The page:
Date: 2009-10-27 02:41 pm (UTC)
From: [identity profile] hirez.livejournal.com
No apology required. It's an odd sort of area and one that makes me go non-linear unless I'm thinking about it sensibly.

(I'd forgotten that I'd read the Cohen piece before. Well reminded. Ta.)

So I think the shorter answer is that I shall read the things.

Date: 2009-10-28 12:03 pm (UTC)
From: [identity profile] naturalbornkaos.livejournal.com
Agreed! Great link there too.

It - the article - does play up the violence a lot. The particularly graphic scenes it describes are described in such a way in the book (ie: in a sentence), which is something I enjoyed. We don't read about any of that violence "as it happens" from either the point of view of a victim or the killer. It's all just talked about in dialogue or read about in newspapers by other characters. Which makes a BIG difference...
Edited Date: 2009-10-28 12:03 pm (UTC)

Date: 2009-10-28 12:08 am (UTC)
From: [identity profile] surliminal.livejournal.com
Oddly my physio, who is a formidable woman, just recommended these books to me..

Date: 2009-10-28 11:57 am (UTC)
From: [identity profile] naturalbornkaos.livejournal.com
As someone who agrees with the principles of the article and generally HATES the type of crime/horror writing that it hates, I really enjoyed both the Larsson books I've read and think the piece does them a disservice. Violence against women is a VERY difficult subject to write and it's shocking and disgusting how much of it appears lecherous. Especially in the world of horror movies - the recent influx of very torture-heavy movies, I find repulsive for this very reason.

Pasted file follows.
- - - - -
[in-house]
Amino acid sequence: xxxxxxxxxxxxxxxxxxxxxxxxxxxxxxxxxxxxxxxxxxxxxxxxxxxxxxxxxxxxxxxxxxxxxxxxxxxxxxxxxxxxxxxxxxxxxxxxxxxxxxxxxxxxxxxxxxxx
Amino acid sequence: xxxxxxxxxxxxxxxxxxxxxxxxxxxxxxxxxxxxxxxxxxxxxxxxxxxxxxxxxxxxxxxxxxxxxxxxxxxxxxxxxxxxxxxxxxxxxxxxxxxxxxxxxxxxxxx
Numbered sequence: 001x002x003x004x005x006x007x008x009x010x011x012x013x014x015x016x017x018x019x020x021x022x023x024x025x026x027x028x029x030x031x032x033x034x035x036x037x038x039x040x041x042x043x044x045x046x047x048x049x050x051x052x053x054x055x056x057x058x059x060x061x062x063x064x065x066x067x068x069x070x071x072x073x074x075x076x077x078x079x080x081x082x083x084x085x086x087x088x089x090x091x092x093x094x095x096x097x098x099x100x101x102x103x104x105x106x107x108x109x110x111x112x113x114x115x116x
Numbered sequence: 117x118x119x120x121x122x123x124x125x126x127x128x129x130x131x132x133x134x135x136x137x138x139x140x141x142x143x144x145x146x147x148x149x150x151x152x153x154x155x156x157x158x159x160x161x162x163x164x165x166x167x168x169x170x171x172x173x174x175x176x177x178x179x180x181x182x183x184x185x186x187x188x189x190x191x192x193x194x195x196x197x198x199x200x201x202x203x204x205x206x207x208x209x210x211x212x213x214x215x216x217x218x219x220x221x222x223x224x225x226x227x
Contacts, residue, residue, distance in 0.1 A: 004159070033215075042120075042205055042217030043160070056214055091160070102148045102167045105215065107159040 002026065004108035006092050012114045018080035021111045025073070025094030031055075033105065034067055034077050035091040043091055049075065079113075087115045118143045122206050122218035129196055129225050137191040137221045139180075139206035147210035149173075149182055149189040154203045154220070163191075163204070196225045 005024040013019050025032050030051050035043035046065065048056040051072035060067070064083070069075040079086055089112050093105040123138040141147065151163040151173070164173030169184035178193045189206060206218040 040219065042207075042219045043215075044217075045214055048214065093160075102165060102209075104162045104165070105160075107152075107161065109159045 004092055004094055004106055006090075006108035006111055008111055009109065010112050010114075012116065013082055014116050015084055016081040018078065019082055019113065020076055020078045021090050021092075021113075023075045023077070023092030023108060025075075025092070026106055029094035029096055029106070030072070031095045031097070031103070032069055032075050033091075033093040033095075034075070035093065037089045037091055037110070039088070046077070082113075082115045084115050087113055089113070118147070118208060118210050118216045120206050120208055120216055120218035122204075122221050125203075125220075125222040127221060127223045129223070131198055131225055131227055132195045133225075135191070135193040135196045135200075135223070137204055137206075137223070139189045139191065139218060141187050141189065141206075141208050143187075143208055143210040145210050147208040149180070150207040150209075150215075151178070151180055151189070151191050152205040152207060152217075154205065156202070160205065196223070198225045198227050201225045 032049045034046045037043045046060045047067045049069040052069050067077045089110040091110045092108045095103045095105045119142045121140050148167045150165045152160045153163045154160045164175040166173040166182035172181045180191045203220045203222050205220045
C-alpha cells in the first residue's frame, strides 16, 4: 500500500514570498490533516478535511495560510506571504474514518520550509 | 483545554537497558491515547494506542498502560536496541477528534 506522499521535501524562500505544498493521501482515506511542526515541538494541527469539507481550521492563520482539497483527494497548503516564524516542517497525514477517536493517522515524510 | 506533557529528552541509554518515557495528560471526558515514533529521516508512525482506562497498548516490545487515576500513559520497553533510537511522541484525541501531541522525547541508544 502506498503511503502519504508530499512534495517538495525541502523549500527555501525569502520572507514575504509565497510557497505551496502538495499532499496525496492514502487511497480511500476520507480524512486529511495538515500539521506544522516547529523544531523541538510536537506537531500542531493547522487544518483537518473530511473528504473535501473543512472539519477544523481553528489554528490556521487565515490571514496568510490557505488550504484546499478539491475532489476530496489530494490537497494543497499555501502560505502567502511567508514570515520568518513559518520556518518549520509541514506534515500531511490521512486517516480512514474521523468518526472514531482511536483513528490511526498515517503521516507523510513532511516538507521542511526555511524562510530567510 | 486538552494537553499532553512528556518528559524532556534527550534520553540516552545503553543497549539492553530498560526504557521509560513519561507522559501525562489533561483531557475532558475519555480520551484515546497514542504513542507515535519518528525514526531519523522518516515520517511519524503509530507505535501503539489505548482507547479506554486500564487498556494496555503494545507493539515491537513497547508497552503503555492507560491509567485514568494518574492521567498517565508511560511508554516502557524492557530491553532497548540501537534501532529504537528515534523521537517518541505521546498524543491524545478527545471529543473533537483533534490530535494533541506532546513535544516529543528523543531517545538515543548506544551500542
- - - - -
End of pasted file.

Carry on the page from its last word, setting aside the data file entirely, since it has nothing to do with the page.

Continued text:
It's all personal opinion but I really rate him as a writer and think it's unfair to lump him in with the rape/revenge genre (something I personally hate for many reasons, one of which is how people watch something like "I Spit On Your Grave" and somehow think it's "feminist" because the protagonist takes revenge, without really questioning why the presentation is thus that we have to endure over an hour of graphic degradation, followed by about fifteen minutes of perfunctory "revenge").

I certainly agree wholeheartedly regarding Patterson and Koontz, etc, but I dunno. I felt Larsson had WAY more intelligence and compassion than that and although there were one or two scenes that veered towards uncomfortableness I always thought he managed to justify it elsewhere in the writing. Not just that but I felt - as opposed to those guys, for whom rape/torture is just part of the "entertainment" - the whole POINT of his books was to examine and attack both rapists and the problems with patriachal culture.

I would say that there's no right answer in how to interpret an author's work but my mileage - coming from a similar angle to the article you posted - varies. I'd say check them out for yourself.
Edited Date: 2009-10-28 11:58 am (UTC)